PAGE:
Thank you for the opportunity to address the Treasury Market Conference again this year, a year in which we’ve faced so many unexpected and challenging developments. If we could meet in person, we would again be at the NY Fed, which would have been especially appropriate this year because the NY Fed, and the rest of the Federal Reserve System, have been invaluable partners during this unique period.
In addition to thanking the Fed, I want to emphasize what an honor it is to serve the country in this moment of national reckoning. The COVID-19 outbreak has been a traumatic experience for so many Americans, and has severely disrupted our economy and our way of life. While I have always regarded public service as a privilege, it has been a particular honor to serve in this time of need, and to contribute, alongside many at this conference, to our collective national response.
My remarks today will cover three areas. First, I will discuss the unprecedented demand for liquidity at the start of the crisis that disrupted the Treasury market. Next, I will move beyond the Treasury market to discuss broader policy responses undertaken by the Administration and the Federal Reserve. Finally, I will pose some questions that I believe are important to study in order to inform future policy.
Treasury Market Conditions
Beginning with the Treasury market itself, March and April saw a sudden, drastic flight to safety in the face of a rapidly changing economic outlook. Treasury yields declined by more than 100 basis points in a matter of days. As is well established, these events disrupted Treasury market liquidity, sending bid-offer spreads to many multiples of their usual levels, with greater stress in longer maturities and “off-the-run” securities, as Figure 1 shows.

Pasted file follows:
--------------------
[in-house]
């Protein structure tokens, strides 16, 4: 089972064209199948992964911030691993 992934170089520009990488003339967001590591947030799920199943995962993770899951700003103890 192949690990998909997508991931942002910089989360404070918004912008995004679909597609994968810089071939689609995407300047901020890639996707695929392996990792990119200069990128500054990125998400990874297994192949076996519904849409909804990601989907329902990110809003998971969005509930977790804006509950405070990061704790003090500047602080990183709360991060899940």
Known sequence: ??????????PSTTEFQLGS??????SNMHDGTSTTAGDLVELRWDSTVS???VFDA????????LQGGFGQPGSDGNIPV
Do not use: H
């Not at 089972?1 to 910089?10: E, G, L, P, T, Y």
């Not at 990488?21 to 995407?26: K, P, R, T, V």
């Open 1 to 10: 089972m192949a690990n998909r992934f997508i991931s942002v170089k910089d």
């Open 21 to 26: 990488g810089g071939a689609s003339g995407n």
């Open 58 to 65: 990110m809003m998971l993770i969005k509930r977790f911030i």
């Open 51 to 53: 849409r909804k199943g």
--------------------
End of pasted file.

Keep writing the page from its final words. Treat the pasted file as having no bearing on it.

But this period was not an ordinary blip in liquidity conditions, it was a nearly unparalleled disruption that required significant purchases by the Federal Reserve to restore market functioning. What made this event unique? While many observers have focused on dynamics in a particular market segment or a specific trading strategy, the behavior of the Treasury market was really a combination of two broad developments: first, a rush for liquidity and safety by nearly all categories of investors and, second, a significant reduction in liquidity provision by both dealers and principal trading firms (PTF).
On the investor side, as risks from COVID began to build in the last week in February and first week of March, flows exhibited typical “flight-to-safety” behavior, primarily into shorter maturity, on-the-run coupons as Figure 2 shows.
While short-dated coupons often see greater demand during volatile periods, by the second week of March concerns had sufficiently escalated that investors were showing a strong preference for bills, the most liquid and shortest maturity of all Treasury securities. This can be seen in the reversal of net flows into coupons and customer net purchases of bills, which sent bill rates briefly negative, and in the massive growth of government money market fund assets (Figure 3).
The $13 trillion off-the-run Treasury market (vs. $250 billion on-the-run market) was subject to the same net selling pressure as on-the-run coupons.
The net selling was broad-based, and was sustained over several days as seen in Figure 4. Asset managers sold longer-dated off-the-run Treasuries to position ahead of outflows. End-investors such as pension funds rebalanced portfolios after initial large price gains in their Treasury holdings and sizable losses in equities. Levered investors unwound futures basis trades, as Figure 5 suggests, in part because of margin increases and unexpected deviations between cash and future markets.
Meanwhile, foreign institutions sold nearly $300 billion of Treasuries in March. Central banks in particular sought dollar liquidity by selling shorter-dated coupon securities in order to raise cash for currency defense and to help meet the liquidity needs of their domestic financial institutions, as Figure 6 shows.